I'm Brazilian, 20 years old, univeristy student and musician. I play mandolin, guitar and a little irish whistle (want to learn galician bagpipes, but can't afford it right now). Interested in Traditional Irish music, I have a band here in Rio de Janeiro named Café Irlanda (Coffee Ireland) - our youtube channel is www.youtube.com/cafeirlanda . We play irish, and brazilian music, with some tunes of other celtic nations such as galicia, french britain, wales and scotland.
Pedacinhos do Céu - Waldir Azevedo; Minhas mãos, Meu Cavaquinho - Waldir Azevedo; Fields of Ahenry - Pete St. John; Morrisson's Jig; irish and brazilian folk in general. Also rock and roll and heavy metal.
Christina Henri is a visual artist and has done a lot of work with the Female Factory. The Female Factory was where the female convicts were sent when they arrived in Tasmania. Most convicts were actually sent out to work for free settlers rather than being locked in a prison. The women would be chosen by free settlers and only returned to the factory should they commit another offence or no longer be required. Christina created a sculpture of bonnets that had been made in the memory of specific convict women and their children. These were made by decscendants of these people and other voulnteers, including the school students at the school my children attend. Both she and Pete St John heard the story of Mary Walsh and it resulted in Pete writing the Bells of Ireland and Christina trying to find out more about her life. Pete and some other musicians released a CD of songs about convict women and Christina recently travelled to Ireland where she mounted a display of her bonnets and Pete sang at the same event. I don't know much more than this but Christina could tell you more. I have sent her a message letting her know that you play the Fields of Athenry and that I have told you about Pete St John's desire that people mention Mary Walsh when they play the song. He does have contact details on his website if you want to contact him but I have also asked Christina to tell Pete about you.
The great thing about playing Irish music is that you do get to meet a lot of wonderful people. How fantstic that you have played with such great foreign musicians and that being the only band in your area that plays such music allows you to do this. The Blue Mosquitoes have been lucky to play as the support act for Peggy Seeger (sister of the legendary Pete Seeger) and also for the Saw Doctors (from Ireland). Probably their biggest thrill was playing with Dougie MacLean at the Cygnet Folk Festival in Tasmania. Together they performed his song'.This Love will Carry.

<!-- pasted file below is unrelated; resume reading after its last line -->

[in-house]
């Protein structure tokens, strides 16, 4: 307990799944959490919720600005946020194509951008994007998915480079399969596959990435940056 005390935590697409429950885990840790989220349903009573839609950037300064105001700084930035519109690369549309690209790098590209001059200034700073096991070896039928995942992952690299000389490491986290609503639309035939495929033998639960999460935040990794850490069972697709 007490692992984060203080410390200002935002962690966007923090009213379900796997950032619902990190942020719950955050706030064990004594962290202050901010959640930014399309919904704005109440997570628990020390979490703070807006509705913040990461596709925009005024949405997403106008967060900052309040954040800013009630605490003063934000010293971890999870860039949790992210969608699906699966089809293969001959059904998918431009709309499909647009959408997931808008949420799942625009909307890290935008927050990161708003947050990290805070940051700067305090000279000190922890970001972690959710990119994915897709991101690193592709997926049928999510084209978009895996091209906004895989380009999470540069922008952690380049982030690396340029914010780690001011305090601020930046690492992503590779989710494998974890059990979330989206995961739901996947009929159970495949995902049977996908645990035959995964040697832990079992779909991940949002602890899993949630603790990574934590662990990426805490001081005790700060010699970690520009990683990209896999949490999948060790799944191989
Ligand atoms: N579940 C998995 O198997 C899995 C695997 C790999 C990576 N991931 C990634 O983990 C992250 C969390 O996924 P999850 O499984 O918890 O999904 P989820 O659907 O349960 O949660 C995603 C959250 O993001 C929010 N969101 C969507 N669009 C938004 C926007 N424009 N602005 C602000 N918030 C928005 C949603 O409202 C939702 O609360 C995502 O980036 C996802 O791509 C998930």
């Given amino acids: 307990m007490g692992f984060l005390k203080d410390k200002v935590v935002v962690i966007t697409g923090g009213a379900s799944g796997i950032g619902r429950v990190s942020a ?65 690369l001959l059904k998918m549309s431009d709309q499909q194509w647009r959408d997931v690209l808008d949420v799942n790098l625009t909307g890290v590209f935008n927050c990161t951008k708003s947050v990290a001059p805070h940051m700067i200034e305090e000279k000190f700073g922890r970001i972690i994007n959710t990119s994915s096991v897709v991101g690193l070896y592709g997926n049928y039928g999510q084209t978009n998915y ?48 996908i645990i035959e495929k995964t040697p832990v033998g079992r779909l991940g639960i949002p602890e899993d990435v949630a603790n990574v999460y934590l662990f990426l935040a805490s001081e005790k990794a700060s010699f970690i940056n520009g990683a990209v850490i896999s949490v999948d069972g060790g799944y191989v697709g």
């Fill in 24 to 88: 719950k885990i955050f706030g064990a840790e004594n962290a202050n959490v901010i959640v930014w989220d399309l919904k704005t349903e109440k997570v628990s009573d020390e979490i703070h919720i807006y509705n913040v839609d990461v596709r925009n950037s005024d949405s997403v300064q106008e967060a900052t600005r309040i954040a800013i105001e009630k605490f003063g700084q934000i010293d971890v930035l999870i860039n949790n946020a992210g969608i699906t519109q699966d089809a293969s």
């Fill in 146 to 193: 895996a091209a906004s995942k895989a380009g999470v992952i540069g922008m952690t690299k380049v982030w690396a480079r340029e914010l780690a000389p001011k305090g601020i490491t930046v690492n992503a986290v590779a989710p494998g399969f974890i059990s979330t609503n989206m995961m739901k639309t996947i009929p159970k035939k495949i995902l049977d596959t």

Caio, I am pleased to see that you are interested in history as I am currently a history teacher. I try where possible to link the personal histories of the children in my class to the larger events in history and encourage them to carry out their own historical research rather than just reading the work of other historians or a text book.
I enjoyed finding out more about your heritage and must admit I know very little about the history of your country. Australia has immigrants from many countries but Tasmania has less diversity than the other states. I am envious of your mixed heritage as I would love to have more than the Irish Scottish and English I have in my blood. The good thing is that my Cornish ancestors were singers and my Somerset ancestors were fiddle players so music has always been a big part of my upbringing. My wife is English but had Irish ancestors who moved to London and her family have always listened to Irish music. As a result our children have grown up with it.